ADHD (Attention Deficit Hyperactivity Disorder)

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  • Also, not many children with autism live independently after reaching adulthood, though some become successful.

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  • 1. Professional Development Course on Catering for Diversity in English Language Teaching ENG5315 The Characteristics of Diversity Session 4 Understanding ADHD: Characteristics and impacts upon language learning and behaviour Prepared by Ruby Yang, Department of English, The Hong Kong Institute of Education
  • 2. What is ADHD?
    • Attention-Deficit/Hyperactivity Disorder
    • A neurological disorder
    • Problems with inattention , and, in many cases, impulsivity and hyperactivity
  • 3. Diagnosis of ADHD
    • Persistence
    • An individual must have exhibited either symptoms of inattention and/or hyperactivity-impulsivity as listed in DSM-IV for a period of at least six months.
    • Pervasiveness
    • The symptoms must be present in two or more situations (e.g. school, home, etc.)
  • 4. Diagnosis of ADHD
    • Severity
    • The symptoms presented must be serious enough to cause clinically significant impairment in social or academic functioning.
  • 5. Subtypes of ADHD
    • American Psychiatric Association’s DSM IV
    • Two categories:
      • Inattention
      • Hyperactivity-impulsivity
    • Three subtypes:
      • Combined subtype ( most children with ADHD have the combined type )
      • Predominantly inattentive subtype
      • Predominantly hyperactive impulsive subtype
  • 6. Combined subtype
    • Don’t pay attention well to lessons or individual tasks (particularly repetitive, uninteresting ones)
    • Can’t seem to focus or stay quiet
    • Fail to start work
    • Easily frustrated and bored
    • Want to switch activities too often
    • Overly active
  • 7. Combined subtype
    • Too talkative
    • Class clown
    • Want peer attention
    • Don’t adhere to rules
    • Noisy and disruptive
    • Interrupt and call out in class without raising hand
    • Rejected by peers who find their behaviour to be annoying
  • 8. Predominantly inattentive subtype (ADD)
    • Have problems with attention but not hyperactivity or impulsivity
    • Extremely inattentive but capable of attending to things that appeal to their interests or when performing highly enjoyable activities e.g. playing video games
    • Easily distracted by external stimuli or their own thoughts
    • Underactive
  • 9. Predominantly inattentive subtype (ADD)
    • Unable to stay focused for long on a task
    • Spend inordinate amounts of time daydreaming
    • Often quiet and go unnoticed in a classroom
    • Difficulty concentrating and controlling their streams of thought
  • 10. Predominantly inattentive subtype (ADD)
    • Need close supervision to get through a task
    • ADHD children do well in one-on-one situations.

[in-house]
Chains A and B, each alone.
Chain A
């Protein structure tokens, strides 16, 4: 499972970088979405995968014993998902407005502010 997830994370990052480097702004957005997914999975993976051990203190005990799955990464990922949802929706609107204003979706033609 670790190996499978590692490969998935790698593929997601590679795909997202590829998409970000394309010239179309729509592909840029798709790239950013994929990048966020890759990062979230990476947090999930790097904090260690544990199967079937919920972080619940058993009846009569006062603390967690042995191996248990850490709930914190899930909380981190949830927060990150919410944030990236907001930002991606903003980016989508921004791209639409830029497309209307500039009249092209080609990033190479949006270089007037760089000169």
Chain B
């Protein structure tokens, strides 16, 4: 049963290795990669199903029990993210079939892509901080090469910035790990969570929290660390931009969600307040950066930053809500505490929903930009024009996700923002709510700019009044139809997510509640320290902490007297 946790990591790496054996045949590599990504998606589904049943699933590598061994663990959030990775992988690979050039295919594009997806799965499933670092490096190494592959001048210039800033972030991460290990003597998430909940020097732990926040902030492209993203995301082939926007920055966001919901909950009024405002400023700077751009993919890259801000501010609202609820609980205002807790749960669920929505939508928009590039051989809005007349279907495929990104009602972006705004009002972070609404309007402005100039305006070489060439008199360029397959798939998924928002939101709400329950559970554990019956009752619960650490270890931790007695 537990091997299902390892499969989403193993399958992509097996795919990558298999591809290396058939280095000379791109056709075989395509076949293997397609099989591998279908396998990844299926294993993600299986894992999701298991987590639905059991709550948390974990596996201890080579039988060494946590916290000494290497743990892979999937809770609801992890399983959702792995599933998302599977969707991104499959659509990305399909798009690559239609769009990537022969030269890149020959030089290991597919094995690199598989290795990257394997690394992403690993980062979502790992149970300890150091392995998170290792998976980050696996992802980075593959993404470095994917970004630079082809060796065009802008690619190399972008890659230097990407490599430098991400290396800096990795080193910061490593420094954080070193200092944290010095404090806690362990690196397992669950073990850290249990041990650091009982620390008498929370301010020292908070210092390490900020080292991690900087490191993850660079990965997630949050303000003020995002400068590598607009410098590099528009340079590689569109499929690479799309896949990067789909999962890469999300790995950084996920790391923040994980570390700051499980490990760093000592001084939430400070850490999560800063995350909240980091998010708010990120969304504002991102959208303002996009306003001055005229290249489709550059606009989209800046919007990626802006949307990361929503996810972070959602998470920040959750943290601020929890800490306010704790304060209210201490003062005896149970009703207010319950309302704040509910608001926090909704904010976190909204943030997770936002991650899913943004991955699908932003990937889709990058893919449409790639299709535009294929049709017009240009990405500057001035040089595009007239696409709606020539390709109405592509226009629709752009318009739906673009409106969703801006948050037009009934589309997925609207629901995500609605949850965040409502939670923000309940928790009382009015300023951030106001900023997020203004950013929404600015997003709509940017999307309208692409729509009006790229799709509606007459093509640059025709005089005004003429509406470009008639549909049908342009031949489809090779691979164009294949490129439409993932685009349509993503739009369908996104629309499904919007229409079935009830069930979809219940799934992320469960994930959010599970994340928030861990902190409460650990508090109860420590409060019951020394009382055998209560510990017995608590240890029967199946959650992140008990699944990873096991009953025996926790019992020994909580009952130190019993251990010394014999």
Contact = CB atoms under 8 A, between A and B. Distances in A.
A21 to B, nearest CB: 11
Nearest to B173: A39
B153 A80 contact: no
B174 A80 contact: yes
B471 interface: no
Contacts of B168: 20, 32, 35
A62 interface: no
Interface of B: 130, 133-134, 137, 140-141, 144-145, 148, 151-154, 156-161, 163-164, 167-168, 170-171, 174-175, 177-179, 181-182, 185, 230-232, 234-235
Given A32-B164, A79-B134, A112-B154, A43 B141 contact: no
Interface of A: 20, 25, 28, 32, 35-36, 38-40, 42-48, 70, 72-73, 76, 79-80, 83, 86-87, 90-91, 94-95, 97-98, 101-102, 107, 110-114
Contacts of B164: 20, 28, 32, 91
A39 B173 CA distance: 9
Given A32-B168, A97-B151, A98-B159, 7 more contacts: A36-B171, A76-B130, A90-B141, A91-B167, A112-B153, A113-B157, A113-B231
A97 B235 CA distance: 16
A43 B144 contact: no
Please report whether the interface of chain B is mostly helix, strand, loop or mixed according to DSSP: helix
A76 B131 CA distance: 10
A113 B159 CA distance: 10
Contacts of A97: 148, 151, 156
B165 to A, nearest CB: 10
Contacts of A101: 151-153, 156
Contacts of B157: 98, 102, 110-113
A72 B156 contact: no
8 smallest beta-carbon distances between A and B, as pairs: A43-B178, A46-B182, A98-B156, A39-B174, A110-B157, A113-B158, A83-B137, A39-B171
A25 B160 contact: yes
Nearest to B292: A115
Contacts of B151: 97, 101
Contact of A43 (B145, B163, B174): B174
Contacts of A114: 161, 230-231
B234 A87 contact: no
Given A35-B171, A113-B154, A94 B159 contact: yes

• It takes a lot of effort for them to shift their attention from one thing to another
    • Low self-esteem
    • High risk for academic failure
  • 11. Predominantly hyperactive impulsive subtype
    • Overly active and impulsive
    • Impulsivity: inability to regulate emotions and behaviour
    • The impulsive student may drop pens and leave homework and classwork everywhere
    • No signs of inattention
  • 12. Key facts of ADHD Hyperactivity often diminishes by puberty. However, inattentiveness and impulsivity remain. 70-80% of children with ADHD have persistent difficulties into adulthood. ADHD and dyslexia co-occur in 30-50% of cases.
  • 13. Useful websites about ADHD
    • Attention Deficit Disorder Association (Articles)
    • http://www.add.org/
    • Children and Adults with Attention-Deficit/Hyperactivity Disorder
    • http://www.chadd.org/
    • LD Online
    • http://ldonline.org/
  • 14. Activity 1 - Sharing
    • How do you react to the AD/HD students? Share with other participants in terms of:
      • your personal perception towards AD/HD students
      • problems the AD/HD students might create for the teachers
    • How many students in your class/school are AD/HD students or likely to have AD/HD?
  • 15. Activity 2
    • Think about a student in your class/school who is an AD/HD student or likely to have AD/HD. Based on the “Criteria for Attention Deficit/Hyperactivity Disorder”, see how many symptoms of inattention and/or hyperactivity-impulsivity the student has. Are his/her problems persistent and pervasive?
  • 16. Activity 3
    • There are three main subtypes of AD/HD:
    • 1) Predominantly inattentive type
    • 2) Predominantly hyperactive /impulsive type
    • 3) Combined type
    • Based on the symptoms of Horace and Ingrid, try to identify the subtype of AD/HD each of them has.
  • 17. Activity 4
    • Read the “10 Things Teens with ADHD Want Their Teachers to Know” carefully and see how much you know about your AD/HD students.
  • 18. Activity 5
    • Watch the video “Understanding Attention Deficit Hyperactivity Disorders” carefully and try to identify the three major characteristics of behaviours of AD/HD children.
  • 19. Activity 5
    • Watch the video “Understanding Attention Deficit Hyperactivity Disorders” carefully and try to identify the three major characteristics of behaviours of AD/HD children.
      • Easily distracted
      • Emotional
      • Impulsive